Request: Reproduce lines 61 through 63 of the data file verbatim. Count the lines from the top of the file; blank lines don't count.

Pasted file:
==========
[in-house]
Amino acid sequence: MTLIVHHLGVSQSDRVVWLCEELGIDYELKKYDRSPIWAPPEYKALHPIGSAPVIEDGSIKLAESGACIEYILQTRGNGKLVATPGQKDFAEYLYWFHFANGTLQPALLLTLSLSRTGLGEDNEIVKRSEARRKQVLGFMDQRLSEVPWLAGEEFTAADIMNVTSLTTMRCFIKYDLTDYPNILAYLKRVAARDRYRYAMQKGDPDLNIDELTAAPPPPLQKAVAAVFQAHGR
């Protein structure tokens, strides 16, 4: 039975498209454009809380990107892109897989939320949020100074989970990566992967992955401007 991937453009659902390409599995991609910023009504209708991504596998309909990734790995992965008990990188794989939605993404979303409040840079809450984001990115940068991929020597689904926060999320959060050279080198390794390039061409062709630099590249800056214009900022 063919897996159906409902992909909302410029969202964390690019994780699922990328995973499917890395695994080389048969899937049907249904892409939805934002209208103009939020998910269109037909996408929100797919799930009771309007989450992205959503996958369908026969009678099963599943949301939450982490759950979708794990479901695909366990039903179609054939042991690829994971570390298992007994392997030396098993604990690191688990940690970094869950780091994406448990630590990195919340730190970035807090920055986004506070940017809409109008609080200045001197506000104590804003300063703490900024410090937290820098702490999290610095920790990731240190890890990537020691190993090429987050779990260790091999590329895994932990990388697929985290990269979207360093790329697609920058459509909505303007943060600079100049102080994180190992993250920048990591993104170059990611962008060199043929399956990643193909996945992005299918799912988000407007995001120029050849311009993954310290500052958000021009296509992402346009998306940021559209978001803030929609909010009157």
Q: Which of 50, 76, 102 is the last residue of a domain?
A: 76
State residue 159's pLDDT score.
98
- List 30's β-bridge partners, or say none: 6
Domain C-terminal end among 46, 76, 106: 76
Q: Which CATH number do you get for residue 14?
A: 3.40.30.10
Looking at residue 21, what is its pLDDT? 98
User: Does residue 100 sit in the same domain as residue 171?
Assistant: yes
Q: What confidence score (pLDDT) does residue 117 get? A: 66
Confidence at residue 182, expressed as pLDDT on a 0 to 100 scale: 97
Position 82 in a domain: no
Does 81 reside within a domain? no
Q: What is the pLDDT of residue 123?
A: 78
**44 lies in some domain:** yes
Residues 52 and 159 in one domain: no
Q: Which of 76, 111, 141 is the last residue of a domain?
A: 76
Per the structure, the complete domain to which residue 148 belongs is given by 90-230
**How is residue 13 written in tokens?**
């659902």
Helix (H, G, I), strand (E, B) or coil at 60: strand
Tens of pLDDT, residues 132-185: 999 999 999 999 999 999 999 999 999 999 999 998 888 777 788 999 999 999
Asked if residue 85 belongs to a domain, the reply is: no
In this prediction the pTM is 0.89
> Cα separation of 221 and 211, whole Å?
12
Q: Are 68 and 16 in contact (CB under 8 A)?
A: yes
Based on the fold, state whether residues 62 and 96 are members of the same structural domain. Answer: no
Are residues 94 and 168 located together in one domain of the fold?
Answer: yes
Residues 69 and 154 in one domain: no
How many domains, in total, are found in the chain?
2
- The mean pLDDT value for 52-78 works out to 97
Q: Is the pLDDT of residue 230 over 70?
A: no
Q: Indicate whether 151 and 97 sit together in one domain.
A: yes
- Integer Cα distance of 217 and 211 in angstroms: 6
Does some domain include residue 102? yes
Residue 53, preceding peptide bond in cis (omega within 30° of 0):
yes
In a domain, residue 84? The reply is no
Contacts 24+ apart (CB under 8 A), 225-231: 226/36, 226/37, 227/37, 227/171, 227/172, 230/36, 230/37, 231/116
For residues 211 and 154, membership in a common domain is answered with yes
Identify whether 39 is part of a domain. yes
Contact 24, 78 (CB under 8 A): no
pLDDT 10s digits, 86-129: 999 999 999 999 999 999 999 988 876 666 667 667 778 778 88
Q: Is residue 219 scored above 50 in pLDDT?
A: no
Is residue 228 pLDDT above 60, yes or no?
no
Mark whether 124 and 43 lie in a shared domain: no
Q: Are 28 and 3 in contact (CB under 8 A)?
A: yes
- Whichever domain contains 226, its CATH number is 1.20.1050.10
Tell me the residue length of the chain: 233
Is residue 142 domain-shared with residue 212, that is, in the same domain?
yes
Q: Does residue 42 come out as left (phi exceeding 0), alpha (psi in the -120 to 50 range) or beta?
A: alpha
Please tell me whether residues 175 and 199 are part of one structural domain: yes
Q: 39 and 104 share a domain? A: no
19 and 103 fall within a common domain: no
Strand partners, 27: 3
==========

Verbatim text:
Mark whether 124 and 43 lie in a shared domain: no
Q: Are 28 and 3 in contact (CB under 8 A)?
A: yes